All the recordings you've heard so far have been raw/demo takes. I paid 0 attention to the quality of the recording because I was in song-writing mode. But now in recording mode I'll be very conscious of the quality of the recording. For the final version I'll need to finalize my guitar tones, put on some new strings, allocate 6-8 hours, and just record. It's a dreadful process, but it's part of the job. And there's nothing quite like the feeling you get when all your parts have been recorded and sound awesome.

Wish me luck!

If you got here first, check out the introduction  and part 1 of this series.


My goal in this part was to take the chord progressions I had come up with in part 1, and put them together to make a complete song . In music production this is referred to as a scratch track. It's a rough draft/prototype of the song.

Scratch tracks  will vary in production levels. Some may feature the entire band but have limited post-production. Other tracks may have  some instruments recorded by musicians, while others (e.g. drums, bass guitar) will be played by the computer. I didn't have time to get into programming the other instruments, so my scratch track is just guitar.

Before I hit the record button I needed to figure a few things out.

First was the BPM (beats per minute) of the song. Every song you hear has a BPM (aka tempo). It's how musicians are able to stay in time with each other. The majority of music  is in 4, 4 time (written 4/4). Turn on any pop song and start counting: 1, 2, 3, 4. You'll have to adjust the speed of your count to fit with the music. The speed at which you count is the songs BPM. For example if the song is 100 BPM, that means you'll count 1, 2, 3, 4...all the way to 100 in one minute.

I rely on a metronome (which allows me to set any BPM) to figure out the tempo of my music. I need to know this before I can record my scratch track. Side note: this is especially important when collaborating with other musicians over the web. By telling them what the BPM is of the song, they can program a metronome on their computer to play at that BPM, and this allows them to record in sync with my guitar.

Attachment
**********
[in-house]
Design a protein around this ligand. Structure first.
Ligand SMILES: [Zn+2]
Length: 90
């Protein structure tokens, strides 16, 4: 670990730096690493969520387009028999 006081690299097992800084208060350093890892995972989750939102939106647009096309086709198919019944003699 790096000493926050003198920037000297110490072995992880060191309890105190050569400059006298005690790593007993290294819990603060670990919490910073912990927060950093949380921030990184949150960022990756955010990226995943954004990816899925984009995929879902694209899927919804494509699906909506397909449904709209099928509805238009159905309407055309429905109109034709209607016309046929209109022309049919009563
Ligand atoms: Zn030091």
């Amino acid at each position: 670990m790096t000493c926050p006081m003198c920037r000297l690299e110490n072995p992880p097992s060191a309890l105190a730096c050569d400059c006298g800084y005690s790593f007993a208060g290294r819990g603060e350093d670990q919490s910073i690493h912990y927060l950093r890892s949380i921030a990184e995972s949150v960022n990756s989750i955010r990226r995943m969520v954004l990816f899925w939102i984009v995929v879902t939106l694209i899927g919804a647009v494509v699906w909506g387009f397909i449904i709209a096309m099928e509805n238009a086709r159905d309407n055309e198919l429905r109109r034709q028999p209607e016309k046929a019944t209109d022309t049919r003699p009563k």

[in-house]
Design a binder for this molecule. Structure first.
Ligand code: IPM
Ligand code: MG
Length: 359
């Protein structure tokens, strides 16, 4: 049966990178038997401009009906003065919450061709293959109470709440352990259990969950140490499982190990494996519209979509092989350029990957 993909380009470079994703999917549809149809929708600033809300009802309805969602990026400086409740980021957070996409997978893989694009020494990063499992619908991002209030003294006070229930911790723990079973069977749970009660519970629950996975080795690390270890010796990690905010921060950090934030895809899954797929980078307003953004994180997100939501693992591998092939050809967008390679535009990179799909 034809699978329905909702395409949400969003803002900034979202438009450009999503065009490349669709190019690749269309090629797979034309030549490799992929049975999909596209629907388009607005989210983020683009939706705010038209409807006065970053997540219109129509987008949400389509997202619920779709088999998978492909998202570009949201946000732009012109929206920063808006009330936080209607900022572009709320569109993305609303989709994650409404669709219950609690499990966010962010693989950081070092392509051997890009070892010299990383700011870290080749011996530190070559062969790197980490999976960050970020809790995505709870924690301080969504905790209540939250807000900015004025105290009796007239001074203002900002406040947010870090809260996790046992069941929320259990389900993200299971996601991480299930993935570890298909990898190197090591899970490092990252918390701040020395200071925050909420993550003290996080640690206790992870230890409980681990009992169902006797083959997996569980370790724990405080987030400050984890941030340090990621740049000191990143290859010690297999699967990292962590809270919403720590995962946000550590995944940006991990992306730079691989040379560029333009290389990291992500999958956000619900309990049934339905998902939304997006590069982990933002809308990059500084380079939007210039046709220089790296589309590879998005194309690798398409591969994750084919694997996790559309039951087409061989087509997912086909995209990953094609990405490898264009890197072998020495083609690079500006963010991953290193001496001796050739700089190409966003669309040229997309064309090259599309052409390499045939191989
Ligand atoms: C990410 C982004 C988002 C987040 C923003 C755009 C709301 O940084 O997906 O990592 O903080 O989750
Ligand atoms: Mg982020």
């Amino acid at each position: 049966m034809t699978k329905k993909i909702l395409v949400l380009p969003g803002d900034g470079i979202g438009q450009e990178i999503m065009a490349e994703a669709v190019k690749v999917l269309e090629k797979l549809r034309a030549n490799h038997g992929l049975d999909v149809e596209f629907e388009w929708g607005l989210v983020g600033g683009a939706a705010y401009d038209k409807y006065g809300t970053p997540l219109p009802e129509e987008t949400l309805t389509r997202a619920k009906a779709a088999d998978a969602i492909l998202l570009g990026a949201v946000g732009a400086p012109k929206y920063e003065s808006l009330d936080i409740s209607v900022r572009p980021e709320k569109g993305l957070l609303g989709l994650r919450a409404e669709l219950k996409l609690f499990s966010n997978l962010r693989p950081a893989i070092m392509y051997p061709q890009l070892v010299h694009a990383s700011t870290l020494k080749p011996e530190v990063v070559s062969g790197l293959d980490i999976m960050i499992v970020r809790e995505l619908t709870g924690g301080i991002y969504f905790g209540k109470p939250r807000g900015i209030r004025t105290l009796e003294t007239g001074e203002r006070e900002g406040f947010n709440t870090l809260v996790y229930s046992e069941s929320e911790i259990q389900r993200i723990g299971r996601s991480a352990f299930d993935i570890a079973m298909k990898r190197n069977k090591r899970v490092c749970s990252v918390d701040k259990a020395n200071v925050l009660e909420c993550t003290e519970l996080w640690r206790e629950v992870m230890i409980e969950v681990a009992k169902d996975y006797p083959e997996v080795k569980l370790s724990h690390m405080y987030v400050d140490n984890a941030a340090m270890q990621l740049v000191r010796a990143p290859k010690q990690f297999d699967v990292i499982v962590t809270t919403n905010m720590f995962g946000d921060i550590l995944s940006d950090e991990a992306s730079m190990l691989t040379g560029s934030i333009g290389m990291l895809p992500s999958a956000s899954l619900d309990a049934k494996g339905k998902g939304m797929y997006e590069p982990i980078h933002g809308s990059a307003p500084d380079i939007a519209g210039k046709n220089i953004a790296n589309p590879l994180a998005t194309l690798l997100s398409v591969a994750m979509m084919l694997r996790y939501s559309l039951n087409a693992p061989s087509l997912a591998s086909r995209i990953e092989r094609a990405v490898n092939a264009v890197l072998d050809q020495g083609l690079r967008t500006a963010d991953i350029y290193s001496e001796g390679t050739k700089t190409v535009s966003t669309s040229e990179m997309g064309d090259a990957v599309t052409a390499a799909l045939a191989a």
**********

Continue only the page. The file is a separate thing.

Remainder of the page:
I spent some time with  the metronome trying to figure out the "right" tempo for my song. It's a straightforward process where I'll set the tempo to a random number, start playing the song, and decide if I need to increase or decrease the BPM until I find the one that feels just right. I recorded a short video of the process:

How do I know when I find the right tempo? It's very subjective. In the video I start at 76 BPM and then go down to 72. 76 felt a bit rushed, while 72 felt a bit slow. I settled at 74 which is the tempo you'll hear in the scratch  track recording below. I also could have done 73 or 75 BPM, but I prefer keeping an even number for the tempo.

After I settled on the tempo, I began figuring out how to connect the individual parts of the song. This involves playing the different chord progressions until I find the combination I'm happy with. I've currently settled with a very standard song structure: